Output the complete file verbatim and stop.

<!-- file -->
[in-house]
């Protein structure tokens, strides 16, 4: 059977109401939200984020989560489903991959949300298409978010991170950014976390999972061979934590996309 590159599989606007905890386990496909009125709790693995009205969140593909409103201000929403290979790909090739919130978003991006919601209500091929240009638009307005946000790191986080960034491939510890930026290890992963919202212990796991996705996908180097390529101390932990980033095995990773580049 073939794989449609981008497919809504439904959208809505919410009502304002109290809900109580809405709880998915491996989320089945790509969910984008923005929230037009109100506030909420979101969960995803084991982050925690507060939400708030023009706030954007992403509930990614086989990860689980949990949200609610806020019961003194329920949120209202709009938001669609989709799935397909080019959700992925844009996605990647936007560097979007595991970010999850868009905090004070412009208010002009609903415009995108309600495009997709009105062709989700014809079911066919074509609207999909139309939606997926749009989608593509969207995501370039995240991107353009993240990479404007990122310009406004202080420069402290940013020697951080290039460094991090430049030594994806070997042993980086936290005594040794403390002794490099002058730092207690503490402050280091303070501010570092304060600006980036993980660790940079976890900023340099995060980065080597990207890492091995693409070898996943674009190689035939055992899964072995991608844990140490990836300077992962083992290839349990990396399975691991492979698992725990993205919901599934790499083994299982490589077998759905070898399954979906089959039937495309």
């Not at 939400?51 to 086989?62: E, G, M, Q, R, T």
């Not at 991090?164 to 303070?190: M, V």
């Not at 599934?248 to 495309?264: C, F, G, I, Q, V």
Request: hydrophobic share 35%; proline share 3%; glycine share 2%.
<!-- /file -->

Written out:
[in-house]
């Protein structure tokens, strides 16, 4: 059977109401939200984020989560489903991959949300298409978010991170950014976390999972061979934590996309 590159599989606007905890386990496909009125709790693995009205969140593909409103201000929403290979790909090739919130978003991006919601209500091929240009638009307005946000790191986080960034491939510890930026290890992963919202212990796991996705996908180097390529101390932990980033095995990773580049 073939794989449609981008497919809504439904959208809505919410009502304002109290809900109580809405709880998915491996989320089945790509969910984008923005929230037009109100506030909420979101969960995803084991982050925690507060939400708030023009706030954007992403509930990614086989990860689980949990949200609610806020019961003194329920949120209202709009938001669609989709799935397909080019959700992925844009996605990647936007560097979007595991970010999850868009905090004070412009208010002009609903415009995108309600495009997709009105062709989700014809079911066919074509609207999909139309939606997926749009989608593509969207995501370039995240991107353009993240990479404007990122310009406004202080420069402290940013020697951080290039460094991090430049030594994806070997042993980086936290005594040794403390002794490099002058730092207690503490402050280091303070501010570092304060600006980036993980660790940079976890900023340099995060980065080597990207890492091995693409070898996943674009190689035939055992899964072995991608844990140490990836300077992962083992290839349990990396399975691991492979698992725990993205919901599934790499083994299982490589077998759905070898399954979906089959039937495309």
């Not at 939400?51 to 086989?62: E, G, M, Q, R, T």
């Not at 991090?164 to 303070?190: M, V």
């Not at 599934?248 to 495309?264: C, F, G, I, Q, V």
Request: hydrophobic share 35%; proline share 3%; glycine share 2%.